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NATION IN BRIEF: Oprah: Drivers must stop using phones in car

Oprah: Drivers must stop using phones in car

WASHINGTON -- Oprah Winfrey wants America's drivers to declare their cars ''No Phone Zones.''

''It's like Russian roulette every time you pick up your phone in the car,'' Winfrey told her viewers from Chicago on Friday. She dedicated her TV show to urging people to sign pledges not to chat or text from behind the wheel.

Safety advocates hope Winfrey's star power will bring attention to the growing scourge of distracted drivers, who are blamed for an estimated 6,000 deaths and a half-million injuries a year.

The advocates hope to mimic the success of safety campaigns in the 1980s that helped reduce drunken driving deaths and increased the use of seat belts.

Obama meets with possible court appointee

WASHINGTON -- President Barack Obama has accelerated his search for his next Supreme Court nominee by interviewing candidates, including a meeting in the Oval Office with one of the people on his list, federal judge Sidney Thomas of Montana.

Obama's roughly one-hour session with Thomas on Thursday was his first known formal interview for the upcoming vacancy on the court. The president has interviewed other candidates in person, too, and talked to some by phone, White House press secretary Robert Gibbs said Friday.

He did not identify them.

Arizona facing boycott over immigration law

PHOENIX -- Civil rights leaders are urging organizations to cancel their conventions in Arizona. Baseball's Arizona Diamondbacks are encountering protesters on the road. And the AriZona iced tea company wants everyone to know that its drinks are made in New York.

Arizona is facing a backlash over its new law cracking down on illegal immigrants, with opponents pushing for a tourism boycott like the one that was used to punish the state 20 years ago over its refusal to honor the Rev. Martin Luther King Jr. with a holiday.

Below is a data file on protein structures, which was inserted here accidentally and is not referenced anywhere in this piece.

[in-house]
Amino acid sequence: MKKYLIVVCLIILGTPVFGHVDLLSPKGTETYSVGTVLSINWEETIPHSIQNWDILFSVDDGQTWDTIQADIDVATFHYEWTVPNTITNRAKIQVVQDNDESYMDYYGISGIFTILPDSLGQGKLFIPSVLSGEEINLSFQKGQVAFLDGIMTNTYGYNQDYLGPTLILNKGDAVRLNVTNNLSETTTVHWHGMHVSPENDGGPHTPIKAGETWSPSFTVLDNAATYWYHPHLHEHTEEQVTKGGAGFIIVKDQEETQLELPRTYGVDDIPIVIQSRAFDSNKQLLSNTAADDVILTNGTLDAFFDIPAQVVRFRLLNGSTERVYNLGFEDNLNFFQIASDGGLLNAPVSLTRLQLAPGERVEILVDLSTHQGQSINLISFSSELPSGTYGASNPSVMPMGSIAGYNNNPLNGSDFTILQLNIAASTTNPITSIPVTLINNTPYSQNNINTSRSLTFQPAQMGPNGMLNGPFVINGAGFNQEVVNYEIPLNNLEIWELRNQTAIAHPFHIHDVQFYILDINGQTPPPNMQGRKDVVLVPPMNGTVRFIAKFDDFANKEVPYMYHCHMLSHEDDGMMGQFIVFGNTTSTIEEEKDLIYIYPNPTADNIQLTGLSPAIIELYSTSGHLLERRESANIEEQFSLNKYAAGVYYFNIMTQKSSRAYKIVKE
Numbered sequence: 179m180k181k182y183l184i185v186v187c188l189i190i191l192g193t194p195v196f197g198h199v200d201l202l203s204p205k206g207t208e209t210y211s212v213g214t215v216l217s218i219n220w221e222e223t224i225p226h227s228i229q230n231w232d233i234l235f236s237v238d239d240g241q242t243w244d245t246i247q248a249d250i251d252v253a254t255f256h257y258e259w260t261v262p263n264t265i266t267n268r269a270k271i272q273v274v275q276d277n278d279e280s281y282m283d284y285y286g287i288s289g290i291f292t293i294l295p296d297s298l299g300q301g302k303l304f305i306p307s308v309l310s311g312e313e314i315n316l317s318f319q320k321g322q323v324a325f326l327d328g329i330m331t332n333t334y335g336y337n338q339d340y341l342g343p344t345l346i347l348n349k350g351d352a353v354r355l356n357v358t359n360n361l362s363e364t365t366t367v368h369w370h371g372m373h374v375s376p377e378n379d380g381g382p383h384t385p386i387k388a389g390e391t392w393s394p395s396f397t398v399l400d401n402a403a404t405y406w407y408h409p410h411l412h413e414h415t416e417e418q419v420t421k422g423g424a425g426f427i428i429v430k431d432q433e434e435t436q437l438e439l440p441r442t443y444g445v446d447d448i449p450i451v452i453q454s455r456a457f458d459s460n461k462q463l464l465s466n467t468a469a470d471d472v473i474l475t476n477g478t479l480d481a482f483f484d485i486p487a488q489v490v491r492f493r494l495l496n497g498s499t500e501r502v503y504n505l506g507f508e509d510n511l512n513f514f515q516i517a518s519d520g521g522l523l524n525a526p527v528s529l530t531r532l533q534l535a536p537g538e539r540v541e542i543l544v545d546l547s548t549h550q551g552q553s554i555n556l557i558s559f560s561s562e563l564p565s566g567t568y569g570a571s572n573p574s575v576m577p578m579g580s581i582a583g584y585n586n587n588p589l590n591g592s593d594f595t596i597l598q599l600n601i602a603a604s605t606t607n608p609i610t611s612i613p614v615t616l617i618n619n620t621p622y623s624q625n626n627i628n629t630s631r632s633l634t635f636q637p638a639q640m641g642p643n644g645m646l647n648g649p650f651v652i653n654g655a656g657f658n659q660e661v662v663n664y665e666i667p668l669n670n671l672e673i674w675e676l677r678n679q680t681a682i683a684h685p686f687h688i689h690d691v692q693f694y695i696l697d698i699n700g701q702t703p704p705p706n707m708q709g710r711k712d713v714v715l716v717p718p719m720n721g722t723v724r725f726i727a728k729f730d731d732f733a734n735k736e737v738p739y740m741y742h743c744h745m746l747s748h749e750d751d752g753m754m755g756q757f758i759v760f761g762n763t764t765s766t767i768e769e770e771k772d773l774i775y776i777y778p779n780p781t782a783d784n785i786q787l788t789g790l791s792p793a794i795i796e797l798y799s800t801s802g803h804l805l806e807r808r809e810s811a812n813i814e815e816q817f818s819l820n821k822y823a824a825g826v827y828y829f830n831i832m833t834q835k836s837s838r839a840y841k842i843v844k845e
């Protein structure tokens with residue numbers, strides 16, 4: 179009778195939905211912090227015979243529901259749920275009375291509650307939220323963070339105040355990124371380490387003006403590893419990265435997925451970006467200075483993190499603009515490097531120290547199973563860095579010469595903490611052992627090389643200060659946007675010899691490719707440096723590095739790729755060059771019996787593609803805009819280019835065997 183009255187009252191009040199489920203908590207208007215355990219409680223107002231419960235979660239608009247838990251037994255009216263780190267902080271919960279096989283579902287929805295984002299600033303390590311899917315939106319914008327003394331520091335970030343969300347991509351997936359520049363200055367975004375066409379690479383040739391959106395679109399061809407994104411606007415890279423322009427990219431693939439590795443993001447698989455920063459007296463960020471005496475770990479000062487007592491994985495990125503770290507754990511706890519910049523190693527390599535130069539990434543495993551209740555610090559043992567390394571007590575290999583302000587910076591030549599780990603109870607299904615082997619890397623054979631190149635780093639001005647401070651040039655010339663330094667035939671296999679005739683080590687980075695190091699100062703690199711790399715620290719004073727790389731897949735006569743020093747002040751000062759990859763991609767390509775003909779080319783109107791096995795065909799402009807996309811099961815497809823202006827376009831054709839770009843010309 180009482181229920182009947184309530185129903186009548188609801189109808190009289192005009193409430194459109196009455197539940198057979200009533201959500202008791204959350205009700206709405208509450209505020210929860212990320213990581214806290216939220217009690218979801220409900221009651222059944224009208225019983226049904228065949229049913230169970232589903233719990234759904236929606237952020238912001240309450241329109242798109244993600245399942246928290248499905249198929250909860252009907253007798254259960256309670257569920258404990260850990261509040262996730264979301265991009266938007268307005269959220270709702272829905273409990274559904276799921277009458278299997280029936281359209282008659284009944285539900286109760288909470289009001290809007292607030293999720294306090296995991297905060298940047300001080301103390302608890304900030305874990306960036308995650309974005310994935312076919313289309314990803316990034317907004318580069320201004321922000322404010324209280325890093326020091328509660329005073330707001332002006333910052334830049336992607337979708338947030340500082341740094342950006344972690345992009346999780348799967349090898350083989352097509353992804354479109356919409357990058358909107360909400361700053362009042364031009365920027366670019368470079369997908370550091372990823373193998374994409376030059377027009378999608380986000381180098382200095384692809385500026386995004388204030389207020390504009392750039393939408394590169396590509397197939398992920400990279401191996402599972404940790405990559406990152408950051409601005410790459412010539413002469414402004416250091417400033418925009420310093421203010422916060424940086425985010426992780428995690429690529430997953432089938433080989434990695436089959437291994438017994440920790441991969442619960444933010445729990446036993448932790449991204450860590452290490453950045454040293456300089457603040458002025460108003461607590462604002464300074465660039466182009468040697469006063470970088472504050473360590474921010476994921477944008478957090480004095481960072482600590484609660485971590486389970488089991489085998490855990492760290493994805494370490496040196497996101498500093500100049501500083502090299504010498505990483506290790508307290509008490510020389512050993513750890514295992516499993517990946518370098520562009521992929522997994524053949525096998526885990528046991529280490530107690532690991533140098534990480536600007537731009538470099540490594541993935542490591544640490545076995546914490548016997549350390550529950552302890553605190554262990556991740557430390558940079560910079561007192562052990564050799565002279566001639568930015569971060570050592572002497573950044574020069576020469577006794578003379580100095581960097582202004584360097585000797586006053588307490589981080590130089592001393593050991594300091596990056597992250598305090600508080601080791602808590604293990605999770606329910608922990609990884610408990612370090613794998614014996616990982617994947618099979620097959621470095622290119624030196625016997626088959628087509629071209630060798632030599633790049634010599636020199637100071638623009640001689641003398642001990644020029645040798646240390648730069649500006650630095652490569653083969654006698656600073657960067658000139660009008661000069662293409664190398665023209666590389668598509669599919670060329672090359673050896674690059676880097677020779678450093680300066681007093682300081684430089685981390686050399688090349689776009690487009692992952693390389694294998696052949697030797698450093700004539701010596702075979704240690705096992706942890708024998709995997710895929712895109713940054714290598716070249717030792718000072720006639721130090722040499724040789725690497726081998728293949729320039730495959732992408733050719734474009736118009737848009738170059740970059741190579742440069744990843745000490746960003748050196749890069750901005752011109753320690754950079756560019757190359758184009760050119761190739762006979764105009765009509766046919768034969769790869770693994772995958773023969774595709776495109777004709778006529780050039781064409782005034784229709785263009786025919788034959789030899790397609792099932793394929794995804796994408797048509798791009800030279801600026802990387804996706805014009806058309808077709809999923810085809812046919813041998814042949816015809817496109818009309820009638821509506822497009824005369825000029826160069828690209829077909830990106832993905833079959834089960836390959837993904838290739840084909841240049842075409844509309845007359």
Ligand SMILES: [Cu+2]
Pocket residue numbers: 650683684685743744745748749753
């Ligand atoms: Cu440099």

''The goal is to as quickly as possible bring to a shocking stop the economy of Arizona,'' former state Sen. Alfredo Gutierrez said Friday as a coalition called Boycott Arizona announced its formation.

The outcry has grown steadily in the week since Republican Gov. Jan Brewer signed the nation's toughest law against illegal immigration. The measure makes it a crime under state law to be in the country illegally, and directs local police to question people about their immigration status and demand to see their documents if there is reason to suspect they are illegal.

Gang member found guilty in 'hunting' killing

PASADENA, Calif. -- Jurors have convicted a California man who joined fellow gang members in a nighttime prowl for rivals and instead opened fire on a group of innocent bystanders, killing one man and wounding another.

Twenty-year-old Jose Arnaud smiled and made an obscene gesture at detectives when jurors returned guilty verdicts Thursday to first-degree murder, attempted murder and mayhem for the December 2008 shootings.

Jury convicts man of hacking Palin's e-mail

KNOXVILLE, Tenn. -- A federal jury has convicted a former Tennessee college student of two charges in the hacking of Sarah Palin's e-mail account.

The jury convicted 22-year-old David Kernell of unauthorized access to a computer and obstruction of justice. He was found not guilty of wire fraud and the jury failed to reach a verdict on identity theft.

Kernell was charged with breaking into Palin's e-mail while she was the Republican vice presidential candidate in 2008.

Defense attorney Wade Davies has said it was a prank, but prosecutors claimed he was trying to damage Palin's campaign.

Court: Author will likely lose fight over 'Catcher'

NEW YORK -- A Swedish author is unlikely to win approval through the courts to publish his novel in the United States, because it is substantially similar to J.D. Salinger's ''The Catcher in the Rye,'' an appeals court said Friday.

The 2nd U.S. Circuit Court of Appeals in Manhattan delivered another blow to Fredrik Colting's bid to prepare a U.S. release of ''60 Years Later: Coming Through the Rye.''

Colting's book was released in England, but Salinger sued last year prior to his death.